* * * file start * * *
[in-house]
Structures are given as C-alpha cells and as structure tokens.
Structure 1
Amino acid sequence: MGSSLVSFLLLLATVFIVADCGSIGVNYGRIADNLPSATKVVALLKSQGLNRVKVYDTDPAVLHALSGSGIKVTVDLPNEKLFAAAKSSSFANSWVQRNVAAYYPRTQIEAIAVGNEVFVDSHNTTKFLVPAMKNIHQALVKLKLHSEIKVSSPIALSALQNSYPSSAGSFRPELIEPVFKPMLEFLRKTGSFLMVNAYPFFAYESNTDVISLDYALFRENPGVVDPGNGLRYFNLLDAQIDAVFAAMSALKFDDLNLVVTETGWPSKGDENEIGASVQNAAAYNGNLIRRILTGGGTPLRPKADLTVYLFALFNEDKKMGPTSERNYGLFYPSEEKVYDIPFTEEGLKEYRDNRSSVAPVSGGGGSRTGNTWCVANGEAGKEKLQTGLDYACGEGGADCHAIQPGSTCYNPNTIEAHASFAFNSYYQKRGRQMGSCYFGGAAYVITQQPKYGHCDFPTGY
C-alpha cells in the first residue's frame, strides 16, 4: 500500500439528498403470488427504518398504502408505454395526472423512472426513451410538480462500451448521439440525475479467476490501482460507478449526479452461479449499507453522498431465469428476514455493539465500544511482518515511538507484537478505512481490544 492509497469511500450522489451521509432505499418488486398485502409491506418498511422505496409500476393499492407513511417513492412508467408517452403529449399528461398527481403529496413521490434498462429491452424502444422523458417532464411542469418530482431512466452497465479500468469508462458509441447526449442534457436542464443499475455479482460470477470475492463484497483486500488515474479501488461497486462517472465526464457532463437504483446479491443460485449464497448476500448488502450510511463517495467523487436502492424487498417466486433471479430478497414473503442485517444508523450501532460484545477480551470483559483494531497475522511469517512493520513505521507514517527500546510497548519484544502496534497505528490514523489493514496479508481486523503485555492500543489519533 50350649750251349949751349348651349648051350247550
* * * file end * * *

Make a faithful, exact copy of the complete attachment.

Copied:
[in-house]
Structures are given as C-alpha cells and as structure tokens.
Structure 1
Amino acid sequence: MGSSLVSFLLLLATVFIVADCGSIGVNYGRIADNLPSATKVVALLKSQGLNRVKVYDTDPAVLHALSGSGIKVTVDLPNEKLFAAAKSSSFANSWVQRNVAAYYPRTQIEAIAVGNEVFVDSHNTTKFLVPAMKNIHQALVKLKLHSEIKVSSPIALSALQNSYPSSAGSFRPELIEPVFKPMLEFLRKTGSFLMVNAYPFFAYESNTDVISLDYALFRENPGVVDPGNGLRYFNLLDAQIDAVFAAMSALKFDDLNLVVTETGWPSKGDENEIGASVQNAAAYNGNLIRRILTGGGTPLRPKADLTVYLFALFNEDKKMGPTSERNYGLFYPSEEKVYDIPFTEEGLKEYRDNRSSVAPVSGGGGSRTGNTWCVANGEAGKEKLQTGLDYACGEGGADCHAIQPGSTCYNPNTIEAHASFAFNSYYQKRGRQMGSCYFGGAAYVITQQPKYGHCDFPTGY
C-alpha cells in the first residue's frame, strides 16, 4: 500500500439528498403470488427504518398504502408505454395526472423512472426513451410538480462500451448521439440525475479467476490501482460507478449526479452461479449499507453522498431465469428476514455493539465500544511482518515511538507484537478505512481490544 492509497469511500450522489451521509432505499418488486398485502409491506418498511422505496409500476393499492407513511417513492412508467408517452403529449399528461398527481403529496413521490434498462429491452424502444422523458417532464411542469418530482431512466452497465479500468469508462458509441447526449442534457436542464443499475455479482460470477470475492463484497483486500488515474479501488461497486462517472465526464457532463437504483446479491443460485449464497448476500448488502450510511463517495467523487436502492424487498417466486433471479430478497414473503442485517444508523450501532460484545477480551470483559483494531497475522511469517512493520513505521507514517527500546510497548519484544502496534497505528490514523489493514496479508481486523503485555492500543489519533 50350649750251349949751349348651349648051350247550